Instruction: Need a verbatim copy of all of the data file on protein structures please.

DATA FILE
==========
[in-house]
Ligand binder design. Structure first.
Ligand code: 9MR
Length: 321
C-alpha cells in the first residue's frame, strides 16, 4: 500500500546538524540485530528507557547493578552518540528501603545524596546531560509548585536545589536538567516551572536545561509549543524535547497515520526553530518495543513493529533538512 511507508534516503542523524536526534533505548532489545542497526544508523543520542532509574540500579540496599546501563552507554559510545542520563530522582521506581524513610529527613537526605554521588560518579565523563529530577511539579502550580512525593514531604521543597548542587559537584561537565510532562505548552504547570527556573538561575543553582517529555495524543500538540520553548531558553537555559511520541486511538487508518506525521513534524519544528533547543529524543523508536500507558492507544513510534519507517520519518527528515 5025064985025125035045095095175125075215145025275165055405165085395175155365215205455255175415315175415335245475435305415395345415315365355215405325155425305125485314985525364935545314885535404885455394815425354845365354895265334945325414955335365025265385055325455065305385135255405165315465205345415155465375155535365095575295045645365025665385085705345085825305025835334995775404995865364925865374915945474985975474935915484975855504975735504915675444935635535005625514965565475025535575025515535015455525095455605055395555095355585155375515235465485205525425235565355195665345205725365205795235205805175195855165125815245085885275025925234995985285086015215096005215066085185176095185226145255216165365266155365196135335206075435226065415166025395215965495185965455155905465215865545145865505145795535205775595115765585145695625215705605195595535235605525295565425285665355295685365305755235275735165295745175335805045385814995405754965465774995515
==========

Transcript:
[in-house]
Ligand binder design. Structure first.
Ligand code: 9MR
Length: 321
C-alpha cells in the first residue's frame, strides 16, 4: 500500500546538524540485530528507557547493578552518540528501603545524596546531560509548585536545589536538567516551572536545561509549543524535547497515520526553530518495543513493529533538512 511507508534516503542523524536526534533505548532489545542497526544508523543520542532509574540500579540496599546501563552507554559510545542520563530522582521506581524513610529527613537526605554521588560518579565523563529530577511539579502550580512525593514531604521543597548542587559537584561537565510532562505548552504547570527556573538561575543553582517529555495524543500538540520553548531558553537555559511520541486511538487508518506525521513534524519544528533547543529524543523508536500507558492507544513510534519507517520519518527528515 5025064985025125035045095095175125075215145025275165055405165085395175155365215205455255175415315175415335245475435305415395345415315365355215405325155425305125485314985525364935545314885535404885455394815425354845365354895265334945325414955335365025265385055325455065305385135255405165315465205345415155465375155535365095575295045645365025665385085705345085825305025835334995775404995865364925865374915945474985975474935915484975855504975735504915675444935635535005625514965565475025535575025515535015455525095455605055395555095355585155375515235465485205525425235565355195665345205725365205795235205805175195855165125815245085885275025925234995985285086015215096005215066085185176095185226145255216165365266155365196135335206075435226065415166025395215965495185965455155905465215865545145865505145795535205775595115765585145695625215705605195595535235605525295565425285665355295685365305755235275735165295745175335805045385814995405754965465774995515